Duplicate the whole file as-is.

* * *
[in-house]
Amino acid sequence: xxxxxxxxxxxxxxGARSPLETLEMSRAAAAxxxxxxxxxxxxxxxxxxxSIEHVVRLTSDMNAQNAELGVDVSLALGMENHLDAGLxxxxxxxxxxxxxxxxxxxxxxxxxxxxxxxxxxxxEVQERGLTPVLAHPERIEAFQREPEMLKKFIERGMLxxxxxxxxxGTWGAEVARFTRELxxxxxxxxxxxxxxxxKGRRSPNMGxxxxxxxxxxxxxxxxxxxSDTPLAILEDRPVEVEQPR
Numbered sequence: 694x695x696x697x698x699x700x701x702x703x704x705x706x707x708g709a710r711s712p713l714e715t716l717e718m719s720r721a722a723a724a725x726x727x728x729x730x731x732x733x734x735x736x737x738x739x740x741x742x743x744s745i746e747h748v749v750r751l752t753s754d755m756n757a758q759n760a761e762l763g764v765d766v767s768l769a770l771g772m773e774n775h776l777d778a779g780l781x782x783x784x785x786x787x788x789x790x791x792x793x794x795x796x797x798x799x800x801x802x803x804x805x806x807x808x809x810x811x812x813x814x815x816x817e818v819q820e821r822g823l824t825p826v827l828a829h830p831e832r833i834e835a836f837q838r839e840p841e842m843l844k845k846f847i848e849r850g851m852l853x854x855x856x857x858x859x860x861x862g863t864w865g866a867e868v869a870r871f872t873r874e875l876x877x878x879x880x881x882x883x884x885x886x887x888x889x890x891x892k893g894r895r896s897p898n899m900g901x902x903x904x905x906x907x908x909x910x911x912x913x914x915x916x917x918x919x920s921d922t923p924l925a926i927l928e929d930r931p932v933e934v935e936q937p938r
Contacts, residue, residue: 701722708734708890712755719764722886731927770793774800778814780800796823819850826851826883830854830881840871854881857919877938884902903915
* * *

[in-house]
Amino acid sequence: xxxxxxxxxxxxxxGARSPLETLEMSRAAAAxxxxxxxxxxxxxxxxxxxSIEHVVRLTSDMNAQNAELGVDVSLALGMENHLDAGLxxxxxxxxxxxxxxxxxxxxxxxxxxxxxxxxxxxxEVQERGLTPVLAHPERIEAFQREPEMLKKFIERGMLxxxxxxxxxGTWGAEVARFTRELxxxxxxxxxxxxxxxxKGRRSPNMGxxxxxxxxxxxxxxxxxxxSDTPLAILEDRPVEVEQPR
Numbered sequence: 694x695x696x697x698x699x700x701x702x703x704x705x706x707x708g709a710r711s712p713l714e715t716l717e718m719s720r721a722a723a724a725x726x727x728x729x730x731x732x733x734x735x736x737x738x739x740x741x742x743x744s745i746e747h748v749v750r751l752t753s754d755m756n757a758q759n760a761e762l763g764v765d766v767s768l769a770l771g772m773e774n775h776l777d778a779g780l781x782x783x784x785x786x787x788x789x790x791x792x793x794x795x796x797x798x799x800x801x802x803x804x805x806x807x808x809x810x811x812x813x814x815x816x817e818v819q820e821r822g823l824t825p826v827l828a829h830p831e832r833i834e835a836f837q838r839e840p841e842m843l844k845k846f847i848e849r850g851m852l853x854x855x856x857x858x859x860x861x862g863t864w865g866a867e868v869a870r871f872t873r874e875l876x877x878x879x880x881x882x883x884x885x886x887x888x889x890x891x892k893g894r895r896s897p898n899m900g901x902x903x904x905x906x907x908x909x910x911x912x913x914x915x916x917x918x919x920s921d922t923p924l925a926i927l928e929d930r931p932v933e934v935e936q937p938r
Contacts, residue, residue: 701722708734708890712755719764722886731927770793774800778814780800796823819850826851826883830854830881840871854881857919877938884902903915